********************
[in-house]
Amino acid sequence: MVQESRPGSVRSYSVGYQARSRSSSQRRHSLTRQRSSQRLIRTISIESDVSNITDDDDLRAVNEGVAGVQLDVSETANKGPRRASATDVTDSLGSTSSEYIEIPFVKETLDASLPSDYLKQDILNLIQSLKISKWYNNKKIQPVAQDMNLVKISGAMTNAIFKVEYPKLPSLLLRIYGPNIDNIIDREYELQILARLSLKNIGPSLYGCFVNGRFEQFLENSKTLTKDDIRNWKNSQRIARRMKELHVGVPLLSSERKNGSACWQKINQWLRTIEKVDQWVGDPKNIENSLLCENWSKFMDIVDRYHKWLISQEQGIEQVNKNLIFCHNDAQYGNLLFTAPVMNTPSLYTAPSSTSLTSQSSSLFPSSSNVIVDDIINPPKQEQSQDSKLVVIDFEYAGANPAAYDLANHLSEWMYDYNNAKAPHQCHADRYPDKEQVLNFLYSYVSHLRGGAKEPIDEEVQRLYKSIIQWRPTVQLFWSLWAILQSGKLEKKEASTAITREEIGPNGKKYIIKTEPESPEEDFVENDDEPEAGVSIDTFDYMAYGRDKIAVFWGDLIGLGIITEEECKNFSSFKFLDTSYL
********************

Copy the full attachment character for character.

[in-house]
Amino acid sequence: MVQESRPGSVRSYSVGYQARSRSSSQRRHSLTRQRSSQRLIRTISIESDVSNITDDDDLRAVNEGVAGVQLDVSETANKGPRRASATDVTDSLGSTSSEYIEIPFVKETLDASLPSDYLKQDILNLIQSLKISKWYNNKKIQPVAQDMNLVKISGAMTNAIFKVEYPKLPSLLLRIYGPNIDNIIDREYELQILARLSLKNIGPSLYGCFVNGRFEQFLENSKTLTKDDIRNWKNSQRIARRMKELHVGVPLLSSERKNGSACWQKINQWLRTIEKVDQWVGDPKNIENSLLCENWSKFMDIVDRYHKWLISQEQGIEQVNKNLIFCHNDAQYGNLLFTAPVMNTPSLYTAPSSTSLTSQSSSLFPSSSNVIVDDIINPPKQEQSQDSKLVVIDFEYAGANPAAYDLANHLSEWMYDYNNAKAPHQCHADRYPDKEQVLNFLYSYVSHLRGGAKEPIDEEVQRLYKSIIQWRPTVQLFWSLWAILQSGKLEKKEASTAITREEIGPNGKKYIIKTEPESPEEDFVENDDEPEAGVSIDTFDYMAYGRDKIAVFWGDLIGLGIITEEECKNFSSFKFLDTSYL